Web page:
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These AFL Team pages were salvaged from the defunct site, which inspired my AFL pages.
They are dedicated to that site's creator, Robert Phillips, who has re-created his site at

Patriots Facts

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Dolphins Facts

Broncos Facts

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Billy Sullivan Jr., a Boston businessman with a strong sports promotional background, secured an American Football League franchise on November 22, 1959. In keeping with the New England heritage, the nickname "Patriots" was selected by a panel of Boston sports writers in a contest to name the team. The Boston team was involved in two significance "firsts" in 1960. The Patriots defeated the Buffalo Bills in the first AFL pre-season game on July 30. On September 9, the Patriots lost to the Denver Broncos 13-10 in the first-ever AFL regular-season game.

During the Patriots' first decade, finding a suitable playing home in the Boston area was almost as urgent as putting a competitive team on the field. The Patriots played at Boston University Field in the 1960 and 1961 and at Harvard in 1962 and again in 1970. From 1963 to 1969, the Patriots played at Fenway Park, the Red Sox baseball stadium.

In spite of their stadium problems, the Patriots were frequent contenders during their AFL days. Mike Holovak, who replaced Lou Saban midway into the 1961 season, ranks as the winningest coach in team history with a 53-47-9 record. His best season came in 1963, when the Patriots defeated Buffalo 26-8 in a playoff for the AFL Eastern crown. In the AFL championship game the next week, however, they lost to San Diego 51-10. Holovak had few stars to build a team around but Gino Cappelletti, the team's placekicker and ace wide receiver, became the AFL's all-time high scorer with 1,100 points, 252 coming on touchdown receptions and the remainder on kicking. Running Back Jim Nance won AFL rushing championships when he rushed for an AFL record 1,458 yards in 1966 and 1,216 yards in 1967.

Patriots Facts

  • Franchise Granted:
    November 22, 1959 as the Boston Patriots
  • First Season:
  • Stadiums:
    Boston University Field, Fenway Park, Harvard Stadium
  • Head Coach:
    Lou Saban, Mike Holovak, Clive Rush
  • AFL Championships:
  • AFL Division Championship:
  • All-Time AFL Record:
    63- 69-9
  • Retired Uniform Numbers:
    #20 Gino Cappelletti, #57 Steve Nelson, #79 Jim Hunt #89 Bob Dee

Patriots' Historical Performance

1960 14 5 9 0 286 349 0.357    Lou Saban
1961 14 9 4 1 413 313 0.679    Lou Saban, Mike Holovak
1962 14 9 4 1 327 295 0.679    Mike Holovak
1963 14 7 6 1 327 257 0.536    Mike Holovak
1964 14 10 3 1 365 297 0.750    Mike Holovak
1965 14 4 8 2 244 302 0.357    Mike Holovak
1966 14 8 4 2 315 283 0.643    Mike Holovak
1967 14 3 10 1 280 389 0.250    Mike Holovak
1968 14 4 10 0 229 406 0.286    Mike Holovak
1969 14 4 10 0 266 316 0.286    Clive Rush

Patriots Totals 140 63 68 9 3071 3207 0.482  



Firsts, Records, and Odds and Ends

  • First Regular-Season Game:
    A 13-10 loss to the Denver Broncos, 9/9/60.
  • First Regular-Season Win:
    A 28-24 victory over the New York Titans, 9/16/60.
  • First Regular-Season Points:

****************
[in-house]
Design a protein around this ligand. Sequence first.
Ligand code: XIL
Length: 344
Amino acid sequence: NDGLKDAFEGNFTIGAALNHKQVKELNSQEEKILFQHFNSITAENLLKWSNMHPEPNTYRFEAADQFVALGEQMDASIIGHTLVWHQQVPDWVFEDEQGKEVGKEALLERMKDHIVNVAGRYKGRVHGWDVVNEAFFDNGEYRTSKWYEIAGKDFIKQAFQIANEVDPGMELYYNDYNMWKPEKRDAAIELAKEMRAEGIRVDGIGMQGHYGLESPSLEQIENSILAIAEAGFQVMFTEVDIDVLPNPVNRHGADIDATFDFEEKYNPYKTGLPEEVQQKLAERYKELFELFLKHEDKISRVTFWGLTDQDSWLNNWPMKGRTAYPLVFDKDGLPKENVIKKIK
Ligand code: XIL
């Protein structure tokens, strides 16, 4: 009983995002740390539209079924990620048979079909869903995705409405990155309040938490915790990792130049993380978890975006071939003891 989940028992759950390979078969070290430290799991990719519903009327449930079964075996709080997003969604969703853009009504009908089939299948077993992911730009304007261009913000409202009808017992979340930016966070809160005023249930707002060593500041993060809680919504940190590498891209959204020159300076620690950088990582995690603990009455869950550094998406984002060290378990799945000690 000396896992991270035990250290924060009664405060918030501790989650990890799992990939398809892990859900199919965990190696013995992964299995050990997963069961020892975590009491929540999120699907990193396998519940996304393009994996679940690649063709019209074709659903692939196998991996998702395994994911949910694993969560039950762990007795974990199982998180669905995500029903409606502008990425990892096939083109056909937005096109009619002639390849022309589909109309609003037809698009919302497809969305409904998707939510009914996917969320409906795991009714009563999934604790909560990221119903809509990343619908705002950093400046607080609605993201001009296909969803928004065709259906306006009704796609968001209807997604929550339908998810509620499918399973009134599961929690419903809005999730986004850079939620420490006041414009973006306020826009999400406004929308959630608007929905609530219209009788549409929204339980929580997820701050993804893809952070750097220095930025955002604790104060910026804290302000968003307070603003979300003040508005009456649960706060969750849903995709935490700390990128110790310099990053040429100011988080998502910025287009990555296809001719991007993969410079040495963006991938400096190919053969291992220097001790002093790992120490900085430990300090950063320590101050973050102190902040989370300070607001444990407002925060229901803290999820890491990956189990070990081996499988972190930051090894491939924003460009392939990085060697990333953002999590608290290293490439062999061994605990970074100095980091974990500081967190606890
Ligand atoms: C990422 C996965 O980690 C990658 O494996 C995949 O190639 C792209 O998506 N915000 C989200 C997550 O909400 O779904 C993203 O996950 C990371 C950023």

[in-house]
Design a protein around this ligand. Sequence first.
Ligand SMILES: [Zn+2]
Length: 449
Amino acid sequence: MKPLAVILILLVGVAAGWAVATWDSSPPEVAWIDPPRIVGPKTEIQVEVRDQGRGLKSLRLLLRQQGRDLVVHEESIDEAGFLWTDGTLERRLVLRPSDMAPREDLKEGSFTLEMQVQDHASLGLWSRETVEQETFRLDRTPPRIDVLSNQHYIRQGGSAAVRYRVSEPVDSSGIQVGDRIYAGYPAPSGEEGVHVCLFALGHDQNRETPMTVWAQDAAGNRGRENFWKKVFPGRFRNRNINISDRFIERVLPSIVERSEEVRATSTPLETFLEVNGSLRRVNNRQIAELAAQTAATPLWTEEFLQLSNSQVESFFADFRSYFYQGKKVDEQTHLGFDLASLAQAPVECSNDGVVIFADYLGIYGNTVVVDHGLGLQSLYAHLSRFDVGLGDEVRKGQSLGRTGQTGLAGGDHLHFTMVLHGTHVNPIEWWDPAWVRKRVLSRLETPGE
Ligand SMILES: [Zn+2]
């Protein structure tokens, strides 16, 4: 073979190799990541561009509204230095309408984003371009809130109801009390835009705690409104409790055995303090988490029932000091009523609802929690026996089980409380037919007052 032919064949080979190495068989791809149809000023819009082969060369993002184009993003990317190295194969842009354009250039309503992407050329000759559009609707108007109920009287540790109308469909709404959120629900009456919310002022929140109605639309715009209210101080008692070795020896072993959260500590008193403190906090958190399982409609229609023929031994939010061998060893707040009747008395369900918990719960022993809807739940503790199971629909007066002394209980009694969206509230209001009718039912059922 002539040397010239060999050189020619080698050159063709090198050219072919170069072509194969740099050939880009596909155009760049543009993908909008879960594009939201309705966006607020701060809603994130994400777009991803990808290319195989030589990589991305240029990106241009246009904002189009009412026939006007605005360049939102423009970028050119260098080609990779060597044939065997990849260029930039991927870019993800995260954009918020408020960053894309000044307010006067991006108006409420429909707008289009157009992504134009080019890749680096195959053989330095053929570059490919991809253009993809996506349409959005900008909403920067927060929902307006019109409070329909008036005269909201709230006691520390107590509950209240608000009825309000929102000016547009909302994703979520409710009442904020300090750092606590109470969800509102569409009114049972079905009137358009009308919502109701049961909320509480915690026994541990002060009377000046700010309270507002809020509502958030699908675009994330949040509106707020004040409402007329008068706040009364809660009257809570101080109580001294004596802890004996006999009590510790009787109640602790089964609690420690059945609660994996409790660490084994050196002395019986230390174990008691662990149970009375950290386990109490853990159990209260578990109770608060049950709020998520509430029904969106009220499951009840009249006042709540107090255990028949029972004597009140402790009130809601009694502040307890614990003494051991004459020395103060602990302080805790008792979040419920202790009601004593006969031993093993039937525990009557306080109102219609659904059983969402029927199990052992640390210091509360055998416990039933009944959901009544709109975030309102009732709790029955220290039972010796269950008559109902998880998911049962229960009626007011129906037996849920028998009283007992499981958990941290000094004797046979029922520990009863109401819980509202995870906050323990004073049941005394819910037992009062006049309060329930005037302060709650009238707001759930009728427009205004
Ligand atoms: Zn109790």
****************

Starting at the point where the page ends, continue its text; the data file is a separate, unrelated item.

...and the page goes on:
A 35-yard field goal by Gino Cappelletti vs. the Denver Broncos, 9/9/60.
  • First Regular-Season Touchdown:
    A 10-yard pass from Butch Songin to Jim Colclough vs. the Denver Broncos, 9/9/60.
  • First Winning Season:
    1961 (9-4-1).
  • First Playoff Appearance:
    A 26-8 victory over the Buffalo Bills in the AFL's Eastern Division Championship game, 12/28/63.
  • First All-League Selections:
    LB Tom Addison and DB Russ O'Hanley, 1960.
  • First to Rush 100 Yards in a Game:
    Ron Burton, 127 yards vs. the Denver Broncos, 10/23/60.
  • First 1,000-Yard Rusher:
    Jim Nance, 1,458 yards (1966).
  • First to Pass 400 Yards in a Game:
    Babe Parilli, 400 yards vs. the Oakland Raiders, 10/16/64.
  • All-Time Leading Scorer:
    Gino Cappelletti, 1,130 points (1960-70).
  • Fewest Yards Rushing Allowed in a Game:
    In a 41-0 win over the San Diego Chargers on 12/17/61, the Patriots allowed just two yards rushing.
Copyright 1997-2004 Robert Phillips. All rights reserved.

USA Today ~ June 21, 2009

How the Patriots morphed from a Cape house
into an
NFL titan
AP file photo
Gino Cappelletti, left, won the AFL's 1964 MVP award as a kicker and wide receiver for the Boston Patriots.
First in a series exploring the histories of all 10 AFL franchises as the NFL celebrates the league's 50th anniversary.

If Mary Sullivan had had her way, the New England Patriots might never have become a reality.

The wife of Patriots founder Billy Sullivan had a dream — and a savings account to match — for a summer home on Massachusetts' Cape Cod. But her husband persuaded Mary to wait on the Cape home as he and nine partners invested $25,000 to purchase the start-up American Football League's final franchise charter in 1959.

UPSTART TO BIG-TIME: How the AFL changed the NFL

It was a humble beginning to a team that would, more than four decades later, become one of the NFL's titans. But it made Sullivan, who died in 1998, the godfather of professional football in New England.

"I can't help but think if he just drove around Boston to see how many cars have Patriots stickers on the back," says Sullivan's son, Patrick, the team's general manager from 1983 to 1991.

"He knew there was an interest in football in the region. It just needed a little nurturing, cultivation and excitement."

The Boston Patriots were competitive in their formative years. They won 35 games from 1961 to 1964 and reached the 1963 AFL title game. Still, the team's logistics were very challenging, and the Patriots started off homeless.